Epidermolysis bullosa is a group of inherited skin fragility diseases varying in severity from mild scarring to infant mortality. Great efforts are being undertaken to develop therapeutic strategies to treat the more pernicious forms of this disease, particularly those associated with recessive, loss of function mutations. In such cases significant effort is directed toward delivering recombinant protein at levels sufficient to demonstrate clinical benefit. Recessive dystrophic epidermolysis bullosa (RDEB) predisposes patients to a high incidence of life threatening cutaneous squamous cell carcinoma (cSCC). Mutations in the gene encoding type VII collagen, COL7A1, are the sole cause of this disease and conflicting reports concerning type VII collagen and COL7A1 in carcinogenesis exist.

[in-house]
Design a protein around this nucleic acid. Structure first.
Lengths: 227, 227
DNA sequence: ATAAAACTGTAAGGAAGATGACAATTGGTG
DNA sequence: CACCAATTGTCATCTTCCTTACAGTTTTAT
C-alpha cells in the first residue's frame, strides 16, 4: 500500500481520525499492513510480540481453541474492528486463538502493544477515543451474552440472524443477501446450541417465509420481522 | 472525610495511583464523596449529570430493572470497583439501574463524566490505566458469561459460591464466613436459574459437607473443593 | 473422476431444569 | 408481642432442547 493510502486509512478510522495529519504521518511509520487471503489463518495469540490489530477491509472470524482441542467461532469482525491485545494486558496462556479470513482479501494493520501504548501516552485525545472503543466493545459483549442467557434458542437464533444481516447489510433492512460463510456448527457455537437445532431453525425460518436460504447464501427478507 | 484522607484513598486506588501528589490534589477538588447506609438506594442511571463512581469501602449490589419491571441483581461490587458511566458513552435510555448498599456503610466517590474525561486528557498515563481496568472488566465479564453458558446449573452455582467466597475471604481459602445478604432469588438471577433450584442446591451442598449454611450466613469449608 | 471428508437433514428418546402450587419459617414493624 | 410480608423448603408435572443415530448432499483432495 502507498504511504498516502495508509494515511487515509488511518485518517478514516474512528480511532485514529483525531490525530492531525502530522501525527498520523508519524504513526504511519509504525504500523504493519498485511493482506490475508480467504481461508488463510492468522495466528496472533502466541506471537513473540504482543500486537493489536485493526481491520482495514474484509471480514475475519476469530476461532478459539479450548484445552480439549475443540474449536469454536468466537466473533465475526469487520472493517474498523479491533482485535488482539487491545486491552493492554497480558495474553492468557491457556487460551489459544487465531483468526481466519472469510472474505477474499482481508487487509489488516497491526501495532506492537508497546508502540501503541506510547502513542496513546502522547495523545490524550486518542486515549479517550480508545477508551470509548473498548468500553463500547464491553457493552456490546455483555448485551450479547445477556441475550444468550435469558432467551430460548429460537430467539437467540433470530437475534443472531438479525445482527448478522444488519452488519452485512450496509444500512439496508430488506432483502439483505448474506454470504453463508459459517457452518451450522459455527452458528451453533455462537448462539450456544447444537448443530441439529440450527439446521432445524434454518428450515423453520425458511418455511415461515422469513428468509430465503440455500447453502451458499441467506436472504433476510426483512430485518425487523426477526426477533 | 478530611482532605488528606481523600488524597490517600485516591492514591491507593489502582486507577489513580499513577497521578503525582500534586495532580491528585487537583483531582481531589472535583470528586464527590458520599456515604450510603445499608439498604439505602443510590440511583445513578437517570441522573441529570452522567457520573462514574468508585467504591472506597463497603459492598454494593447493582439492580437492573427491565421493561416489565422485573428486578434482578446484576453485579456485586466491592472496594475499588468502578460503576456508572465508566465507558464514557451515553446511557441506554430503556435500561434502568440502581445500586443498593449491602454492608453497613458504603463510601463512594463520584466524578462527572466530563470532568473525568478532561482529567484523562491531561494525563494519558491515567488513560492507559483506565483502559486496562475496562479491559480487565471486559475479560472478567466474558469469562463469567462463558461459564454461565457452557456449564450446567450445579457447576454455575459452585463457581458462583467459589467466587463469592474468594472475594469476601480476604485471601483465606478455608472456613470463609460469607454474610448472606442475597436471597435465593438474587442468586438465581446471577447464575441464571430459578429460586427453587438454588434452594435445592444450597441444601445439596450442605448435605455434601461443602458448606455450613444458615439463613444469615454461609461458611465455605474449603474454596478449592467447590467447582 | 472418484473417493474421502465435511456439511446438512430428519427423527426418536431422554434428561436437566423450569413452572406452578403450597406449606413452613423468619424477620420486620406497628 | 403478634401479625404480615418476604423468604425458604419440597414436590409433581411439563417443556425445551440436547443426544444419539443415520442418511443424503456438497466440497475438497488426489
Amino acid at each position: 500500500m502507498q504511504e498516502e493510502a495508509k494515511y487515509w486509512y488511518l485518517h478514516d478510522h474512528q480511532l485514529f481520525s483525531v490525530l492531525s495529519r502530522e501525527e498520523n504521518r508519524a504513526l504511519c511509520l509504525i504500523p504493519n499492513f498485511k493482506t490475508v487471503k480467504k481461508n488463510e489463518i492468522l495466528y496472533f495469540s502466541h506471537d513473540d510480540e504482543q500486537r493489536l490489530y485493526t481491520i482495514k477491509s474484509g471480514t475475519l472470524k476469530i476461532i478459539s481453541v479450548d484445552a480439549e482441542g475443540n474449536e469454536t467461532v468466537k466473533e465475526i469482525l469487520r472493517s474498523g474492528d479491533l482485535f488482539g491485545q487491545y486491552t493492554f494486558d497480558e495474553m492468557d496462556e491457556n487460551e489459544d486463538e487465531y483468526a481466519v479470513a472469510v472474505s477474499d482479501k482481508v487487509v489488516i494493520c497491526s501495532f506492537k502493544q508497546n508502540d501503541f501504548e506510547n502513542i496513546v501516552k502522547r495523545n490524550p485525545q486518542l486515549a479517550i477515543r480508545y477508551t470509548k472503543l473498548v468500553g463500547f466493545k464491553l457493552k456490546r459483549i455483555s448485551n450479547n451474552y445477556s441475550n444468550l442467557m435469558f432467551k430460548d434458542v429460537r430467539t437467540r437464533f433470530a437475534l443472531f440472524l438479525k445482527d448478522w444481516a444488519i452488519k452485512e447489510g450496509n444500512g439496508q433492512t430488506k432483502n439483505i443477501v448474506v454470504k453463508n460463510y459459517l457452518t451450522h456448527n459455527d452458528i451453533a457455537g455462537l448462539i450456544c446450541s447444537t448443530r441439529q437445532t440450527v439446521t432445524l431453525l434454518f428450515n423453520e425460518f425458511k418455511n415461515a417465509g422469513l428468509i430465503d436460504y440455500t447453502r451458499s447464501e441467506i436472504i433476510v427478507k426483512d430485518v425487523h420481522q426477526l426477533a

Pourreyron, C., Chen, M., McGrath, J. A., Salas-Alanis, J. C., South, A. P., & Leigh, I. M. (2014). High levels of type VII collagen expression in RDEB cSCC keratinocytes increases PI3K and MAPK signalling, cell migration and invasion. British Journal of Dermatology, 170(6), 1256-1265. https://doi.org/10.1111/bjd.12715